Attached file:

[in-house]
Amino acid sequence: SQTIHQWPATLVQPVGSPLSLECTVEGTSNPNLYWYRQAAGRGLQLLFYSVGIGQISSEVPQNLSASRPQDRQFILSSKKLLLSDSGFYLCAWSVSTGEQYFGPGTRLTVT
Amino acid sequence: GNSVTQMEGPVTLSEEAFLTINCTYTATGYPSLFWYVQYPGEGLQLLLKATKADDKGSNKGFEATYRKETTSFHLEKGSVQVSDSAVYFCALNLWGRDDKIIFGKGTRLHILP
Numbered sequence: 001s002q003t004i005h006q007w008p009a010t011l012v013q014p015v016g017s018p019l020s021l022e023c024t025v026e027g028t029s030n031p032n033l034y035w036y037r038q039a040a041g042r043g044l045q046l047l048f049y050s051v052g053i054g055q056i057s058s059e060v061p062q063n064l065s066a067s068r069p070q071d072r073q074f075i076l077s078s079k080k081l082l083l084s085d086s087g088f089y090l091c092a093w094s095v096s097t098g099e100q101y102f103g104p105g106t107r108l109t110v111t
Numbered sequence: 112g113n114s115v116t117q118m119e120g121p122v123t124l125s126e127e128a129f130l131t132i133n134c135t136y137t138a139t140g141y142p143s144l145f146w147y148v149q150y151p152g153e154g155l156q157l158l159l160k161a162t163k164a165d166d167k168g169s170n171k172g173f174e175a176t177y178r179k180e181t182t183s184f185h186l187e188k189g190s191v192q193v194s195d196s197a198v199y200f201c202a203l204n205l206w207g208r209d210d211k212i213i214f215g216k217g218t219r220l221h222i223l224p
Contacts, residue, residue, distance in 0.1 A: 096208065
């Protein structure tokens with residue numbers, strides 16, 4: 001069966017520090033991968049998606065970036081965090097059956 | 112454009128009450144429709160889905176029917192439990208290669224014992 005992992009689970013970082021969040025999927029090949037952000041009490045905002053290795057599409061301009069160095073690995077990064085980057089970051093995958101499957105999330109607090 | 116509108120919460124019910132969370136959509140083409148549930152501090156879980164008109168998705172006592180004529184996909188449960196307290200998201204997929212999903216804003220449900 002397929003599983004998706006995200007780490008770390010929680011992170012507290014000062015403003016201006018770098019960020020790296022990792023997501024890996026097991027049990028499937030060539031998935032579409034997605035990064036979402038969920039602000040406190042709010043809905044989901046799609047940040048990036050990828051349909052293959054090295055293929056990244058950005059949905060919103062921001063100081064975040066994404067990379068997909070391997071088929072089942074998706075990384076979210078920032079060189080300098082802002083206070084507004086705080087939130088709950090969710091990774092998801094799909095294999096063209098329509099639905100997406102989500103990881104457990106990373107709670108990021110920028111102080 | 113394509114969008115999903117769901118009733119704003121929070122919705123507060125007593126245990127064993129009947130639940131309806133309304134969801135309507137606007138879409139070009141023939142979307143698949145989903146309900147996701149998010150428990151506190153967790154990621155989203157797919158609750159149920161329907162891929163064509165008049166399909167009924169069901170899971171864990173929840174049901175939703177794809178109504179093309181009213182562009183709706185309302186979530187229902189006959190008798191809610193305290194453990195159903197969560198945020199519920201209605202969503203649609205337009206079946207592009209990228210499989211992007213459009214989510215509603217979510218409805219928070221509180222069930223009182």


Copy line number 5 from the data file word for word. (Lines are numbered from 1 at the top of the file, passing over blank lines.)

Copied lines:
Numbered sequence: 112g113n114s115v116t117q118m119e120g121p122v123t124l125s126e127e128a129f130l131t132i133n134c135t136y137t138a139t140g141y142p143s144l145f146w147y148v149q150y151p152g153e154g155l156q157l158l159l160k161a162t163k164a165d166d167k168g169s170n171k172g173f174e175a176t177y178r179k180e181t182t183s184f185h186l187e188k189g190s191v192q193v194s195d196s197a198v199y200f201c202a203l204n205l206w207g208r209d210d211k212i213i214f215g216k217g218t219r220l221h222i223l224p